It’s a very distinctive speaking voice, so I knew immediately it was him outside the door. Even though I have interviewed probably thousands of people, I was suddenly very nervous. I really wanted this to go well. This man rarely gives interviews.

They say you should never meet your heroes in case they disappoint. I have adored this man and his music for decades, and after twenty years of trying and failing to get an interview with the musical genius that is Van Morrison, last Saturday I got that interview. Far from disappointing, Van the Man was an absolute joy.

I think like many people, not just here in Ireland but throughout the world, the music and songs of Van Morrison have often been an incredibly important soundtrack to my life. Different songs at different times, and for different reasons, many very romantic, others soothing and healing, some exhilarating, many mystical.

His genius is widely acknowledged and accepted. I was too young when it first came out to be aware of Astral Weeks, but in recent years I have realised that it is regarded by many as perhaps the greatest album ever made.  But Van comes with a reputation. Even in the days running up to our interview last weekend, almost every person I met was really excited that he was giving me an interview, but then virtually everyone spoke about how difficult he apparently is, moody, angry, loathes the media. They all wished me well but the general consensus was definitely that it’s great he was doing an interview, but it was unlikely to go well as he was bound to be true to form, difficult, tetchy, rude, and that he would give pretty clipped and short answers.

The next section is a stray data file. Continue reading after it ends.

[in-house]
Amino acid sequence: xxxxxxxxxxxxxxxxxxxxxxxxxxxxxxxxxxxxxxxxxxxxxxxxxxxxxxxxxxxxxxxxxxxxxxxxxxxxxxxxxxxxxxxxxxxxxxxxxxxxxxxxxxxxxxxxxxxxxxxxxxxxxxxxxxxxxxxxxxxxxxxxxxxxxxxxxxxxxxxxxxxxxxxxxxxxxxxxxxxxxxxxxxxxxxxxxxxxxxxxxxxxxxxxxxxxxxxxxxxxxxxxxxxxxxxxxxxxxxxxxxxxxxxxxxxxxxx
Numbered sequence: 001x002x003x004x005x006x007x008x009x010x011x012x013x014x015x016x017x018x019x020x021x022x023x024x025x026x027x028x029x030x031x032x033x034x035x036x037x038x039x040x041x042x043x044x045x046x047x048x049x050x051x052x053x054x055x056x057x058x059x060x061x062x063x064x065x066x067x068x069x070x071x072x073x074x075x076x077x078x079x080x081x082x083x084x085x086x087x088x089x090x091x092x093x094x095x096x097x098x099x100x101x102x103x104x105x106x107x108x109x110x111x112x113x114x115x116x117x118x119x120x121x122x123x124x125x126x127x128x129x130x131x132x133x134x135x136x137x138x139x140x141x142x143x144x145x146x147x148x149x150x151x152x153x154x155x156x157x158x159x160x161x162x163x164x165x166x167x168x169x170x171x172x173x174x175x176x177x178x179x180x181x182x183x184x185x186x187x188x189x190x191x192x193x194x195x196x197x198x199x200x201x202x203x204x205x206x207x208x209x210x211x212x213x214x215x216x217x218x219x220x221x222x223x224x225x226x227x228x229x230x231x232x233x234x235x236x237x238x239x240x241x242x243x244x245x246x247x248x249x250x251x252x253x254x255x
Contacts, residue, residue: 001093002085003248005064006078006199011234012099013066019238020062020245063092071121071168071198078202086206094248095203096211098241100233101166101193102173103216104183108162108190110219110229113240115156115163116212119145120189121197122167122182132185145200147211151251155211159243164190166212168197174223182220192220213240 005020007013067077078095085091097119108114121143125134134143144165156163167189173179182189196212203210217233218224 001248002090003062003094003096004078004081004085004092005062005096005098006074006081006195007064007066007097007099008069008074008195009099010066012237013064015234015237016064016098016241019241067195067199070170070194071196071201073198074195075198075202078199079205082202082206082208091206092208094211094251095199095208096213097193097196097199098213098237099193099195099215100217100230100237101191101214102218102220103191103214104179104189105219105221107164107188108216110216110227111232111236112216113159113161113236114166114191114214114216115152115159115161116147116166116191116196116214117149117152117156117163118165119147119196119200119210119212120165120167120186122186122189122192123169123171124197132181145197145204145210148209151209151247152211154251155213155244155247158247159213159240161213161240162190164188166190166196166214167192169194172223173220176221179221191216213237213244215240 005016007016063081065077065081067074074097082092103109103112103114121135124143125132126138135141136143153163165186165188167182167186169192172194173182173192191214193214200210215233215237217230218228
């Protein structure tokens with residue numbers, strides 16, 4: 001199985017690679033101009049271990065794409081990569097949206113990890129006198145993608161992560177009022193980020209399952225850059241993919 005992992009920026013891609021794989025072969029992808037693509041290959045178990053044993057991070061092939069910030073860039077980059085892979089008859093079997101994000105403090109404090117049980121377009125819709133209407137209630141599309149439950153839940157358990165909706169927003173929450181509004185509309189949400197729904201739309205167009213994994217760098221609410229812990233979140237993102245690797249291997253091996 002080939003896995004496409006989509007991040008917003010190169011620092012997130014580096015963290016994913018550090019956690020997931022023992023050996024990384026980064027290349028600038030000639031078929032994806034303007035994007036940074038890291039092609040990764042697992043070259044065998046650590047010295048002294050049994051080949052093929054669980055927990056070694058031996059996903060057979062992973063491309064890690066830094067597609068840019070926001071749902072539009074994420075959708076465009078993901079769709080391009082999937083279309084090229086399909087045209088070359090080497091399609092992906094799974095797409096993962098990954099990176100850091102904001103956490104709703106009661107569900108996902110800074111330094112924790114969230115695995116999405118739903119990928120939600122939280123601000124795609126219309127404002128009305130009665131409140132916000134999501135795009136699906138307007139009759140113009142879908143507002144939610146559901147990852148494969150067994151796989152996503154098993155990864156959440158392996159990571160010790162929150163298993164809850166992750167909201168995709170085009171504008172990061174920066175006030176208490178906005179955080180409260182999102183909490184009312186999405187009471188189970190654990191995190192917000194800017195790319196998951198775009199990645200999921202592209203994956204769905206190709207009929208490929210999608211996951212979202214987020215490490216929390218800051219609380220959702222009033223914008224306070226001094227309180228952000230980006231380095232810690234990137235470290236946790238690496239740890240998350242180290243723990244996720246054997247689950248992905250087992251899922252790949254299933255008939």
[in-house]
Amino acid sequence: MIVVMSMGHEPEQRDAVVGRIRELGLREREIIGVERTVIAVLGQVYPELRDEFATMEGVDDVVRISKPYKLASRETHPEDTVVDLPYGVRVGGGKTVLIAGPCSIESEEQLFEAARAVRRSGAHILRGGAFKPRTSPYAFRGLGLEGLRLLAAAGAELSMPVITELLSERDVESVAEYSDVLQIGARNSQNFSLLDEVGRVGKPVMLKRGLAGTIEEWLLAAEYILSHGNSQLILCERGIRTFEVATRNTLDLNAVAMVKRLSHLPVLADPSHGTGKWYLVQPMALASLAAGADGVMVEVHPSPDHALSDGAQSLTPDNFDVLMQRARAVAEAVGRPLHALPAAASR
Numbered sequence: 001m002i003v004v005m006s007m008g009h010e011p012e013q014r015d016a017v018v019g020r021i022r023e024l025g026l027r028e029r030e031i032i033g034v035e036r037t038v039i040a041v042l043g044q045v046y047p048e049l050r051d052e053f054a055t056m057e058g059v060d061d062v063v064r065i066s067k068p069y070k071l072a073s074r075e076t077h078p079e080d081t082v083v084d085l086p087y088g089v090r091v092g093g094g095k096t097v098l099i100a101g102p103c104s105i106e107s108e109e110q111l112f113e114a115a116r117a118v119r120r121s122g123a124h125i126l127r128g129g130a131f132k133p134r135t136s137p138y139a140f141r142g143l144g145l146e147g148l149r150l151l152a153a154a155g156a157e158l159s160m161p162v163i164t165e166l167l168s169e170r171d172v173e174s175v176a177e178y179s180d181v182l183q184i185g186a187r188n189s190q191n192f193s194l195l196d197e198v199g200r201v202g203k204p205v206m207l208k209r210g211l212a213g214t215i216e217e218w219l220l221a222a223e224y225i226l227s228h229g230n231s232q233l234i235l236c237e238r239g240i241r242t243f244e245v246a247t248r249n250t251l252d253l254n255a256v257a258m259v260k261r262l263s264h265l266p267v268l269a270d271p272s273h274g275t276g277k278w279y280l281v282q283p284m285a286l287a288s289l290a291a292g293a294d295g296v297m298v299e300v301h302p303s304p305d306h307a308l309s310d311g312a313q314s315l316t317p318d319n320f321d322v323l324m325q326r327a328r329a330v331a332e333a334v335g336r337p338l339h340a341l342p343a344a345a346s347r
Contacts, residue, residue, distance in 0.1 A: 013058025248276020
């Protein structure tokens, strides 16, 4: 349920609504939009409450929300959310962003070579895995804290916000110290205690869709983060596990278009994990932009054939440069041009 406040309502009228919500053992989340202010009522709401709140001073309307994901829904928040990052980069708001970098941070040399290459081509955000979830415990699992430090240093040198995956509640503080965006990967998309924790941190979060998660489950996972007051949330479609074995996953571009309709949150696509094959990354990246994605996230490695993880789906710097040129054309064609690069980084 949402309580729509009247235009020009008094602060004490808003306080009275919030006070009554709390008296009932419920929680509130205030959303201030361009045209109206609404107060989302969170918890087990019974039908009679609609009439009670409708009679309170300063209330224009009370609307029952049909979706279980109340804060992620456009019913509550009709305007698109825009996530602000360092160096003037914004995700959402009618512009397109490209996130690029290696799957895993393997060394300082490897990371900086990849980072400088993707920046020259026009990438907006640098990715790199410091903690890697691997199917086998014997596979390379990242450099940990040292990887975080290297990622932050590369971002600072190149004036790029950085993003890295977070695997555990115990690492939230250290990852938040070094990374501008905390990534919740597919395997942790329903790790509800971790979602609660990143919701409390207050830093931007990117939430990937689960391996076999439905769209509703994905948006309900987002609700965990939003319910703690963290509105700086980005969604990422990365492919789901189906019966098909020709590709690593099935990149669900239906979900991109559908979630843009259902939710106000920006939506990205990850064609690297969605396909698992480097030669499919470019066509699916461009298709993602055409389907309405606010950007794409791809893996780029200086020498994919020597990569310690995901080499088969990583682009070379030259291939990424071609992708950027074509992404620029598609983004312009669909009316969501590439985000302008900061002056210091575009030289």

They were all so  wrong – he could not have been nicer.

I first fell in love with Van and his music around the early 1990s. At that time, I was working both as a presenter for RTE and for BBC Newsnight, where I was responsible for Newsnight’s Northern Irish coverage. It was a very dark time in the history of the Troubles, the North was descending into hell once again, and as I travelled around the North – often going from atrocity to atrocity -  it was the music of Van that kept me going. I loved listening to him. Here was this remarkable Belfast talent, who sang about his home place with such beauty and tenderness and reverence – it made me realise that one-day things could be better in the North.

And so they are.